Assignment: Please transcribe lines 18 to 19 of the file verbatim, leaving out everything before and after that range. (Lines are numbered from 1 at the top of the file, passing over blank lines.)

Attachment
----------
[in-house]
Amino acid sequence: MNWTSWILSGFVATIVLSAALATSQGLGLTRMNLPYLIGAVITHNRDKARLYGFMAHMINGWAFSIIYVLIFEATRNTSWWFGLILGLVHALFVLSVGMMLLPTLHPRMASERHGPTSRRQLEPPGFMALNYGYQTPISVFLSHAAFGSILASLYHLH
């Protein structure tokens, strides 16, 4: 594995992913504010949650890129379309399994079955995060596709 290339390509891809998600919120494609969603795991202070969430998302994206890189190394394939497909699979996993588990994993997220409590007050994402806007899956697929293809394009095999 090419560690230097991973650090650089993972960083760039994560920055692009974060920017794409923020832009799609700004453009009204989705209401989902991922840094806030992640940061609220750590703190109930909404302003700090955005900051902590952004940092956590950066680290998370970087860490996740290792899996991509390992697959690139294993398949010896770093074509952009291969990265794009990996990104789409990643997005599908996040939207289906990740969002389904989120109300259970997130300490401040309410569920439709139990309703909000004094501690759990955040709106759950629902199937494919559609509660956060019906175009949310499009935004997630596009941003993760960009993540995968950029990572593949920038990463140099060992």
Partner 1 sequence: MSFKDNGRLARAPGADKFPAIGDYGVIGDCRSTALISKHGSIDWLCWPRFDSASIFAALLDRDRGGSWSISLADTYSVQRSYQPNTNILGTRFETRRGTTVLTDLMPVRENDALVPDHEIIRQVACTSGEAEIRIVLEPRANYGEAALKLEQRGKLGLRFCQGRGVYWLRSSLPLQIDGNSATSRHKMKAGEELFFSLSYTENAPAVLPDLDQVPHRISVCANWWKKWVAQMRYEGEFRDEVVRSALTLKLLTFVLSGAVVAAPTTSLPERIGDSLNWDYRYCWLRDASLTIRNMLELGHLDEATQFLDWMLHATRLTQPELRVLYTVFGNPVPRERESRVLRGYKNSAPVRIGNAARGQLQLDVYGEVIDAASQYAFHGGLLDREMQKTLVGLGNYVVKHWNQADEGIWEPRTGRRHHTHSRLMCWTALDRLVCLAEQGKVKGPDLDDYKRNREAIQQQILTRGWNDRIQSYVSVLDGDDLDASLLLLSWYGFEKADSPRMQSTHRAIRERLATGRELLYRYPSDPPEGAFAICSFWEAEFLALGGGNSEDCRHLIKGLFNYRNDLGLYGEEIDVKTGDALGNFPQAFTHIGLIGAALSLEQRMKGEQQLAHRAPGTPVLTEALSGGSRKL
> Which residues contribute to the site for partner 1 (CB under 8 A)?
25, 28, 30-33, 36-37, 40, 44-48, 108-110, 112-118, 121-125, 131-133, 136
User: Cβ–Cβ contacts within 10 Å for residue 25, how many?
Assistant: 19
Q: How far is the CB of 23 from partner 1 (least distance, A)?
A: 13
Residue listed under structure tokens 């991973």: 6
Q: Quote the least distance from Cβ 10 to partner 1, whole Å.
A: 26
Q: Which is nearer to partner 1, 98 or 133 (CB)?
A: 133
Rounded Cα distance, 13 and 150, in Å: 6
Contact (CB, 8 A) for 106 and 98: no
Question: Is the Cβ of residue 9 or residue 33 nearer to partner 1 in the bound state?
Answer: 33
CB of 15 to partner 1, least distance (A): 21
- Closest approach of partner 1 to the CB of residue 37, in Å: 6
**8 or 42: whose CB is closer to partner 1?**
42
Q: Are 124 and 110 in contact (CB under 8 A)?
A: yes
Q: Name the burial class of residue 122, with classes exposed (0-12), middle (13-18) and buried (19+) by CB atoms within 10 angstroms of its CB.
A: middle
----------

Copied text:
Question: Is the Cβ of residue 9 or residue 33 nearer to partner 1 in the bound state?
Answer: 33